Roof Replacement. The process of removing an existing roof covering, repairing any damaged substrate and installing a new roof covering.

Roof Repair. Reconstruction or renewal of any part of an existing roof for the purposes of its maintenance.

The new brochure, similar in format to many other IMT brochures, contains:

  • A detailed listing of the key definitions and energy regulations that apply to commercial roofing.
  • Illustrations of typical roofing conditions.
  • A decision tree to determine the specific compliance path for any roofing application.

Because it is considered a clarification rather than a new addition to the code, officials can start enforcing the update now and dont have to wait until the 2015 version of the IECC is adopted in their jurisdiction. This brochure is succinct, easy to follow and clearly explains how to comply with the clarification, added Blum.

The International Energy Conservation Code as Applied to Commercial Roofing brochure will help local code officials better understand the energy efficiency requirements for all types of commercial roofing projects and also serve as a useful guide to explain the code requirements to roofing contractors seeking construction permits, design professionals (architects, engineers, roof consultants) involved in roofing selection and specification, as well as building owners as the ultimate end-user of the code.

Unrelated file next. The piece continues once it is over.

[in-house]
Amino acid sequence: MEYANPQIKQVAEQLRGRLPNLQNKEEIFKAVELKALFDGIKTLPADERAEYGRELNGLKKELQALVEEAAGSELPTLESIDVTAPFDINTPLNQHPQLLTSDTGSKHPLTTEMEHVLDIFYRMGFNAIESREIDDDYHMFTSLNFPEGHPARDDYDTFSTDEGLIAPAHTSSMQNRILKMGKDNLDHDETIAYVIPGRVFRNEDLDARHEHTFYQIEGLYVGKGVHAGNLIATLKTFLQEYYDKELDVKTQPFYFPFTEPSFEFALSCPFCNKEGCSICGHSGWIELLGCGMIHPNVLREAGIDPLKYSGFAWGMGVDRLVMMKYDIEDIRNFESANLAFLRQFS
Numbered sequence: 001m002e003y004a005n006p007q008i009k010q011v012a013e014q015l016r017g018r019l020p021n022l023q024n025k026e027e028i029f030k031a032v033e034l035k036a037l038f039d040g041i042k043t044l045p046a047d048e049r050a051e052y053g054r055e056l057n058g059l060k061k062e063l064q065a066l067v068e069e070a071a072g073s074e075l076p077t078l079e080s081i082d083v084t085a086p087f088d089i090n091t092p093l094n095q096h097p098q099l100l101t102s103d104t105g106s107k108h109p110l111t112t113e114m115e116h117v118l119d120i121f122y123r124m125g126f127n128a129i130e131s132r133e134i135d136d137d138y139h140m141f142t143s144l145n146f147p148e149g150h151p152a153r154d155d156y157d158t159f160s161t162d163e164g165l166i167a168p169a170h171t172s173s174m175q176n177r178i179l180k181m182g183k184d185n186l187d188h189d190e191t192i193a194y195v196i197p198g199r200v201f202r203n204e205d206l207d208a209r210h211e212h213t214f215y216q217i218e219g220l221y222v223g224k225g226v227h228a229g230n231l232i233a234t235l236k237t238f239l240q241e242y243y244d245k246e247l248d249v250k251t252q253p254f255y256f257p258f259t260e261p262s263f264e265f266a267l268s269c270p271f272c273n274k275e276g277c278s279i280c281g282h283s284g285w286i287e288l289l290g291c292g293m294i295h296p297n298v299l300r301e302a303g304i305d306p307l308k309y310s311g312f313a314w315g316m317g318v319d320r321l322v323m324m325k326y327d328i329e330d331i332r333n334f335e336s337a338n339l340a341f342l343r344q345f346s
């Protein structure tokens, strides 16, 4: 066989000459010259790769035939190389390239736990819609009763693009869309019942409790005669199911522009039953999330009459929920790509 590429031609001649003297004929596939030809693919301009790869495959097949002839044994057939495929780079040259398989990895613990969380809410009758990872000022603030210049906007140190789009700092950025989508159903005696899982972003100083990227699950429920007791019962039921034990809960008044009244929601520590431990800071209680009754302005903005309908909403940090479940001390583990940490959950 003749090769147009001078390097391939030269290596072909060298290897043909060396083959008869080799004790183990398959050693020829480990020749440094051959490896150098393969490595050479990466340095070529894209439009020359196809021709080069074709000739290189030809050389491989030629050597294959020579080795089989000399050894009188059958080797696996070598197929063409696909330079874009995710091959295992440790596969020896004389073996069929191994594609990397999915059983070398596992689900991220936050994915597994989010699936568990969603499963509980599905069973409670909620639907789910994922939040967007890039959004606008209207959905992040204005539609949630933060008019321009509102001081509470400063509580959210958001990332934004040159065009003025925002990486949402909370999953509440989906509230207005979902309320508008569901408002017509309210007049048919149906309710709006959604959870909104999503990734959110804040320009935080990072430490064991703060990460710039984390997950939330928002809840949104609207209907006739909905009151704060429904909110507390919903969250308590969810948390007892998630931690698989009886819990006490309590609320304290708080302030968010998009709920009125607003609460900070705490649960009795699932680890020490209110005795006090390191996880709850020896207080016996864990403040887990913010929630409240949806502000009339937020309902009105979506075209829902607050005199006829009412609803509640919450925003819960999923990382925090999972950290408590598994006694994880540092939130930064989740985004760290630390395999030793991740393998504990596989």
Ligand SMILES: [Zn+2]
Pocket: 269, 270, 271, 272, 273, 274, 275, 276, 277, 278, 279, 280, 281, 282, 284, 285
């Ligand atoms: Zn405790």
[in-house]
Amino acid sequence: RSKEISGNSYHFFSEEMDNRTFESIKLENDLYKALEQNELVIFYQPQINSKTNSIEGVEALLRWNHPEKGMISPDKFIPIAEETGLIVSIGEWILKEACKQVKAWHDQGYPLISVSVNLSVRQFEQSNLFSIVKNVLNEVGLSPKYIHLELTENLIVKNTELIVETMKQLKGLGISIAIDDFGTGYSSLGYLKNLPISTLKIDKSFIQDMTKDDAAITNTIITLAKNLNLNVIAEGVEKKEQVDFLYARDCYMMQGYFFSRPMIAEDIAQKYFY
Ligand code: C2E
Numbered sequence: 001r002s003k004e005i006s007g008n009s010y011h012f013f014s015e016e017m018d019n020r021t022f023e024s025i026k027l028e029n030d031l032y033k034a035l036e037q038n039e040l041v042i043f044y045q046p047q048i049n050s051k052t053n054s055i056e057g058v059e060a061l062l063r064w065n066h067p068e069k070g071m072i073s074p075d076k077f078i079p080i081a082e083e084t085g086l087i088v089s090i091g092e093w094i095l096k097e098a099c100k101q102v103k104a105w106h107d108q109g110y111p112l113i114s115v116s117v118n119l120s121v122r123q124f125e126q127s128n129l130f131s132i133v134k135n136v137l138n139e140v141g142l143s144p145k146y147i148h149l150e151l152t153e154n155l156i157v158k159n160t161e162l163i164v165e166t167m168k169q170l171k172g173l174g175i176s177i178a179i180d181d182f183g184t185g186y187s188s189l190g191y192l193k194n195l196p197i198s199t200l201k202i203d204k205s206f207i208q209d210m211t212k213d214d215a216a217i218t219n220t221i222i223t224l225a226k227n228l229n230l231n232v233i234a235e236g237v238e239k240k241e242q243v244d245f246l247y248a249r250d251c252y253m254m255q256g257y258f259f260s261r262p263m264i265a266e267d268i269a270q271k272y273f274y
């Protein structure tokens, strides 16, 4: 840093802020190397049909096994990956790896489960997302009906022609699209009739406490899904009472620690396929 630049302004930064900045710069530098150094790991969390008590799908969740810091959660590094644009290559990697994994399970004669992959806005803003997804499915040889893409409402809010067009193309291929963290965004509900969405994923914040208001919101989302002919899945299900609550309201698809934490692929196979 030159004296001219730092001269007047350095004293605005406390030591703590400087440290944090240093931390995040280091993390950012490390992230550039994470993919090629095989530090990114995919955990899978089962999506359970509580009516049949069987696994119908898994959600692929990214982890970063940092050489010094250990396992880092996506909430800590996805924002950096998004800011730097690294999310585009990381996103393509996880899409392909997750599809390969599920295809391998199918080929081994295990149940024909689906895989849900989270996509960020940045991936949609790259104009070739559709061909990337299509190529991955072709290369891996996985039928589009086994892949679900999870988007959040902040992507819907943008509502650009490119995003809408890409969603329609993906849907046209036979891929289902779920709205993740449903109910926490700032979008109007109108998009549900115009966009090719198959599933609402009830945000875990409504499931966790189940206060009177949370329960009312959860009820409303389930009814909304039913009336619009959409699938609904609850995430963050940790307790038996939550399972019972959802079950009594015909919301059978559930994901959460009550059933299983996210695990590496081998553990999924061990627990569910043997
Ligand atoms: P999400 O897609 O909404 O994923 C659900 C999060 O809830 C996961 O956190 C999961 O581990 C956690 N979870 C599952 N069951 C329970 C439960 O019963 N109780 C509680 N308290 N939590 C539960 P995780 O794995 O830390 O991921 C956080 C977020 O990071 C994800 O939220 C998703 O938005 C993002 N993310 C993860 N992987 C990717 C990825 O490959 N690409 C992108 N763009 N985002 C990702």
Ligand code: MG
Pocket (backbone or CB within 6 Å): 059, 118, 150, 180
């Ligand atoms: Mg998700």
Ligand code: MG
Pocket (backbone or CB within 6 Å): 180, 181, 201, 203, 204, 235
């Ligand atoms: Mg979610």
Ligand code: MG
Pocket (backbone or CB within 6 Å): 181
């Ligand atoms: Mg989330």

The brochure is a part of a comprehensive effort by PIMA to inform members of the design community about their legal obligations to comply with the reroofing energy upgrade requirement, added Blum.

In addition to advocating for increased building energy efficiency via improved building codes, IMT also works to increase compliance with energy codes by developing and distributing informational materials suitable for use in local code jurisdictions, not only for code officials but also for owners, designers, and contractors.